Family first menus

AT the height of his creative powers, Spanish masterchef Ferran Adrià recognised no culinary boundaries.

The 30-course meals he served up at his three-star Michelin restaurant, El Bulli, set in the costal village of Roses in Catalonia, thrilled food lovers. The fast-paced meals included avant garde bites such as liquid ravioli, caviar made from olive oil, snails eggs, deep fried rabbits’ ears, boneless chicken feet, Parmesan snow and beetroot mousse. His devoted clientele lapped it up.

Before his restaurant closed in July — it will be reopened in 2014 for creative projects — he had a waiting list of up to three years. For the 2,000 bookings every year, they received more than 400,000 applications. El Bulli was also voted No 1 top restaurant in the world a record five times by Restaurant magazine. But Adrià is not about to shrink from the gastronomic limelight.

Taking yet another radical step, he has published a collection of pared back recipes with the family in mind — and not a boneless chicken’s foot in sight.

This is food to be savoured by all, and not just the gourmands, with recipes for salmon and lentils; spaghetti with tomato and basil; and roast chicken with potato straws and Thai curry.

The genesis of The Family Meal lies in his experience of cooking for his own staff. In contrast to the slap-dash approach of other restaurants where staff are often fed on leftovers or on a grab-and-go basis, Adrià meticulously planned their three-course meals a year in advance. All staff at El Bulli ate together at 6pm.

Initially, the book was designed as a guide for other restaurants, but Adrià soon realised its wider appeal to families looking for simple, nutritious fare on a budget — some courses cost as little as €3.

Despite his legendary skill as a chef, he painstakingly takes the guesswork out of the preparation. Every meal — there are 31 in total — is illustrated with step-by-step pictures. And showing his eagle eye for detail, each one is introduced with a shot of all the ingredients laid out on a classic chequered table cloth, with a time guide to help novices stay on track.

But you cannot take the chef out of the cookery book writer. Recipes serve two, six, 25 and 75 people; pictures are obviously shot in a restaurant kitchen (spot the super-size baking trays) and readers are nudged to invest in a nitrous-oxide siphon for the carmel foam — a trademark item of equipment in the El Bulli kitchen laboratory.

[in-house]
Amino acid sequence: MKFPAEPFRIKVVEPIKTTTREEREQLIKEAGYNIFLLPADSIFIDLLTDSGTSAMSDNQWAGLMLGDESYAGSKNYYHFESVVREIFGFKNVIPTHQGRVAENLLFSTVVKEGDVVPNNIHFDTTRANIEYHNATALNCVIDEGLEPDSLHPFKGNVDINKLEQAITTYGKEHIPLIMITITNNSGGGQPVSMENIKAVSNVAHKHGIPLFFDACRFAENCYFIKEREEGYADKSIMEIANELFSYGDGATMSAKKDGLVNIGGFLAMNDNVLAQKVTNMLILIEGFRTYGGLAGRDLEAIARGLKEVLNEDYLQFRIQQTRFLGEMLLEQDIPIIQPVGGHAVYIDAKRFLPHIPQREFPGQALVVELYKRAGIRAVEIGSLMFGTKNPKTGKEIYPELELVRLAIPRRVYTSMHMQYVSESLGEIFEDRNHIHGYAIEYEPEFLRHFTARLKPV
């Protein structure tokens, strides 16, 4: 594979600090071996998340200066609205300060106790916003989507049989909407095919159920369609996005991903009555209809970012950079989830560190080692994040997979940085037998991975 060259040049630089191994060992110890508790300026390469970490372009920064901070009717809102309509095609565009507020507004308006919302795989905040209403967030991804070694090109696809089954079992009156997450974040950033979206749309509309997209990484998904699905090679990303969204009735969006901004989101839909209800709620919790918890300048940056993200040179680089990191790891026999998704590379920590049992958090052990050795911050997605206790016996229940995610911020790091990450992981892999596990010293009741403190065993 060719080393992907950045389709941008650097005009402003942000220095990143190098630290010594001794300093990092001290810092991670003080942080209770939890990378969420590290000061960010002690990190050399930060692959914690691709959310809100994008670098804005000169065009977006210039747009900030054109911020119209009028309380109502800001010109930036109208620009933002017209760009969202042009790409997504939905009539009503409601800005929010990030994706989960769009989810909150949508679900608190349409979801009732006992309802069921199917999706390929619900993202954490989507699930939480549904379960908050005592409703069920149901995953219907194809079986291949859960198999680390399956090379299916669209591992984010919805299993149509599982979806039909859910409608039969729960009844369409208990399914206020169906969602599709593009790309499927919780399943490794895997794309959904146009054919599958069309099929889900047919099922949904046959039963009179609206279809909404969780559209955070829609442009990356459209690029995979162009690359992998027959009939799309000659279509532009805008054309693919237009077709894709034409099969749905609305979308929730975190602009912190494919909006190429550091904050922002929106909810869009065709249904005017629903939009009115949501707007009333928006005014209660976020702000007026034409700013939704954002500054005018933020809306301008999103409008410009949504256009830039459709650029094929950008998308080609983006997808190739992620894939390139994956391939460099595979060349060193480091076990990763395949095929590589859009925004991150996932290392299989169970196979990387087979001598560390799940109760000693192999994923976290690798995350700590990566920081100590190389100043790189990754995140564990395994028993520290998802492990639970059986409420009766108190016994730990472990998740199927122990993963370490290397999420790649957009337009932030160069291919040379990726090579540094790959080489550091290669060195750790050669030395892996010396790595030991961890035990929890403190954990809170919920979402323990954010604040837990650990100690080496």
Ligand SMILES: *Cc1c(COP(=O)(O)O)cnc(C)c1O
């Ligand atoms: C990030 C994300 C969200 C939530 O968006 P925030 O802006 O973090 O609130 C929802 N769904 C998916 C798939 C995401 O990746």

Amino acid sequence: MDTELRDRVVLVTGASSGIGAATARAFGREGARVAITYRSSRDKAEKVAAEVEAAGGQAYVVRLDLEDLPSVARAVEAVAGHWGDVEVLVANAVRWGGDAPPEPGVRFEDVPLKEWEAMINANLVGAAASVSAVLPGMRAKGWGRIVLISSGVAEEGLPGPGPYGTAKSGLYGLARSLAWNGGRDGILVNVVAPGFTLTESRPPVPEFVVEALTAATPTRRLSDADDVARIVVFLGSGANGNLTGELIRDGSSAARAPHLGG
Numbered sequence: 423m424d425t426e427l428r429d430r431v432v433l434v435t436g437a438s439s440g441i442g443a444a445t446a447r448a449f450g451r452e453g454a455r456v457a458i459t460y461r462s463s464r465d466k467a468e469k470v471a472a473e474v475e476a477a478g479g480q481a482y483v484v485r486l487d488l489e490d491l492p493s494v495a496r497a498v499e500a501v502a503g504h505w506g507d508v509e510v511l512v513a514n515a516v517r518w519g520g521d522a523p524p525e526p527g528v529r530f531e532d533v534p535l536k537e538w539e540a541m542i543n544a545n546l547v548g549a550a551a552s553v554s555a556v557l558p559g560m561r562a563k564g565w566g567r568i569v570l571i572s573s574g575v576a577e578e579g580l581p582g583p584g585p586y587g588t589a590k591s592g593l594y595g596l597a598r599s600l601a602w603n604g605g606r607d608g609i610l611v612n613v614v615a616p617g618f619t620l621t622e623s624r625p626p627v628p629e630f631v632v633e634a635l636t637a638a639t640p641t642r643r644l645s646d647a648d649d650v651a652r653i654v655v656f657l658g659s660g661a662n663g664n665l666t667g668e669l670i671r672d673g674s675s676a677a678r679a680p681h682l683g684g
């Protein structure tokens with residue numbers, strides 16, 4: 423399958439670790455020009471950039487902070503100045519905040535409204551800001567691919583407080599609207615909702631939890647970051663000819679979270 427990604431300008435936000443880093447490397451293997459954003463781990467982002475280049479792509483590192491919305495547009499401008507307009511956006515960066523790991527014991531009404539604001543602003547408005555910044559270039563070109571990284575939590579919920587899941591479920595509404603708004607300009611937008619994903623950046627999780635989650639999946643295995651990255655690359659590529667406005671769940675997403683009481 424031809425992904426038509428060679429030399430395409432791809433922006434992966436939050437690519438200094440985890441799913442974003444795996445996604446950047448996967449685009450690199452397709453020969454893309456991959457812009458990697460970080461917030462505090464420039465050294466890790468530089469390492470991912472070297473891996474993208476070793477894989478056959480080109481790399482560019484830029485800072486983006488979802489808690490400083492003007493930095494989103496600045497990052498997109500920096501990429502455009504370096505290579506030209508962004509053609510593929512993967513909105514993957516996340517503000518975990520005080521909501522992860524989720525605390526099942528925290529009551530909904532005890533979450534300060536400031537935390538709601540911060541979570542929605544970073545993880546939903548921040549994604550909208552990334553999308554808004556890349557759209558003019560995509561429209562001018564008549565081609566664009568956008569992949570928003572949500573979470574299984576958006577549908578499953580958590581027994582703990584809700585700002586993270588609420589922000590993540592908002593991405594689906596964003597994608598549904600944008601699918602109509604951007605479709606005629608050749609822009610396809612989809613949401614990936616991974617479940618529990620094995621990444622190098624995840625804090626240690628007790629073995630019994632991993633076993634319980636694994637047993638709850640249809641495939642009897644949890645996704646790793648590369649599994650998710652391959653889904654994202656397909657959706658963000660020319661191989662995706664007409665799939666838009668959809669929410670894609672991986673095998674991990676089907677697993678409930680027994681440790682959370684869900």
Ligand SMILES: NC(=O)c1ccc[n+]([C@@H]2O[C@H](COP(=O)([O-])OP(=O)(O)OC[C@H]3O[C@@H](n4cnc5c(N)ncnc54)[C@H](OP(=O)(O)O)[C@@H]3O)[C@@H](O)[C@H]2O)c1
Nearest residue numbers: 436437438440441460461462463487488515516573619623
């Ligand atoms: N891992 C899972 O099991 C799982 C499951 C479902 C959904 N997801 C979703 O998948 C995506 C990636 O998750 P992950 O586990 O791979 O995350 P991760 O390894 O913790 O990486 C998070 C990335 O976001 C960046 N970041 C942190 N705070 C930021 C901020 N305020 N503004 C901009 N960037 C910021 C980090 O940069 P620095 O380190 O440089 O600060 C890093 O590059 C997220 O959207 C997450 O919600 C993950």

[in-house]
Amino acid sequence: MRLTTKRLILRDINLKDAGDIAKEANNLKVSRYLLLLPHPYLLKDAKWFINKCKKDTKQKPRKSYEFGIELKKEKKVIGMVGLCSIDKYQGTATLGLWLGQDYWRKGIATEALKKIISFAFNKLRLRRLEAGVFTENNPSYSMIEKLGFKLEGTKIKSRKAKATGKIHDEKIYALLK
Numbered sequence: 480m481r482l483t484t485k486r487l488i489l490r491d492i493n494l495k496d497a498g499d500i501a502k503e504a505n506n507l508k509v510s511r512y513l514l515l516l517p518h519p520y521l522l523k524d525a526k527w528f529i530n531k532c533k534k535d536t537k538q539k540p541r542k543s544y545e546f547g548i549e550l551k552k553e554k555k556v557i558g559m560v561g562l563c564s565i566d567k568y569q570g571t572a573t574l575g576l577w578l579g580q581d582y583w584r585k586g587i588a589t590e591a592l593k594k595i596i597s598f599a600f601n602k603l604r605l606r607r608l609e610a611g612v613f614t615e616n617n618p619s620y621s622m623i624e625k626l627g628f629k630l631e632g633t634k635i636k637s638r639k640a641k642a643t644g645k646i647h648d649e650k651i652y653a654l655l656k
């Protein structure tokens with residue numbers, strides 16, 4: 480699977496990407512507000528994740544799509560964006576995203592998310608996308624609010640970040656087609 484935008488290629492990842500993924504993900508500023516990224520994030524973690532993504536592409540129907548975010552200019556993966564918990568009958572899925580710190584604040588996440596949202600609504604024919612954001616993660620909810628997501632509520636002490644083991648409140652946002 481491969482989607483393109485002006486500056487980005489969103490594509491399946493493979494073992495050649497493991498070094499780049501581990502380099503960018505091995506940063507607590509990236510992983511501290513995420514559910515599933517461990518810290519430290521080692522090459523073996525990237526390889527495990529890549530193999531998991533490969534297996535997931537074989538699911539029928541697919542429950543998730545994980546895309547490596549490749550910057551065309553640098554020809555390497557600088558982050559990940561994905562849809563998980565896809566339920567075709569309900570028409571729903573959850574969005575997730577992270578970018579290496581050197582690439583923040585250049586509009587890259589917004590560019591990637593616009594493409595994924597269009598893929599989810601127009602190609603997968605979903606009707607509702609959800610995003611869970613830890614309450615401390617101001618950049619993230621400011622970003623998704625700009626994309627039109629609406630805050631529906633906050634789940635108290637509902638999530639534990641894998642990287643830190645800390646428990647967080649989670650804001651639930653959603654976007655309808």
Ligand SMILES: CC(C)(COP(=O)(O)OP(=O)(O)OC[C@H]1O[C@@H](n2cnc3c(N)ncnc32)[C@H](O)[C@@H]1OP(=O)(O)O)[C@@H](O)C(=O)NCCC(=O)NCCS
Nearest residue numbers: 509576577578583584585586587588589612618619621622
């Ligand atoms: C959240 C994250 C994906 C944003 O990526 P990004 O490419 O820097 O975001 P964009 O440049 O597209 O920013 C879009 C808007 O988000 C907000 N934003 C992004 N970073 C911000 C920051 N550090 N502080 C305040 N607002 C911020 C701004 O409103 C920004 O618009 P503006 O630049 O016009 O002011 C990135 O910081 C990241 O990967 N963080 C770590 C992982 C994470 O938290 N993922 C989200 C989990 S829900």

Adrià was born far from high-tech kitchen gadgets and gastronomic science. Originally from Barcelona, there was little indication during his childhood of what was to come.

His working class parents — his mother worked in a beauty salon, his father was a plasterer — had no contacts with the world of Michelin dining. He simply fell into cooking when offered a job in a beachside hotel.

His innate talent and huge drive were soon recognised and by the age of 25 he was heading up the kitchen in El Bulli, just three years after he joined the restaurant.

Now 49, his energy and commitment to food remains undiminished. Adrià hopes his book will help to remould our relationship with food.

“It’s like sport. If a child plays sport early in childhood, and doesn’t give it up, he will play sport the rest of his life,” he said in a recent interview. “And if children have a connection with, and are involved in, the preparation of the food they eat, then it will be normal for them to cook these kind of meals, and they will go on cooking them for the rest of their lives.”

Family values were also on his mind in 2007 when he acted as a consultant to the hit film Ratatouillie — a heart-warming story about a rat who dreams of becoming a top chef. (Adrià dubbed one of the voices on the Spanish version.) At the time he said he hoped the film would encourage children to spend more time in the kitchen.

And if it means feasting on roasted vegetables, salmon with lentils with white chocolate cream for dessert (see meal 29 below) instead of a super-size me takeaway, then everyone — adults and children alike — is on to a winner. Go on, try it. It’s as simple as child’s play.

* The Family Meal: Home Cooking with Ferran Adrià (hardback, €26.35) is published by Phaidon this week.

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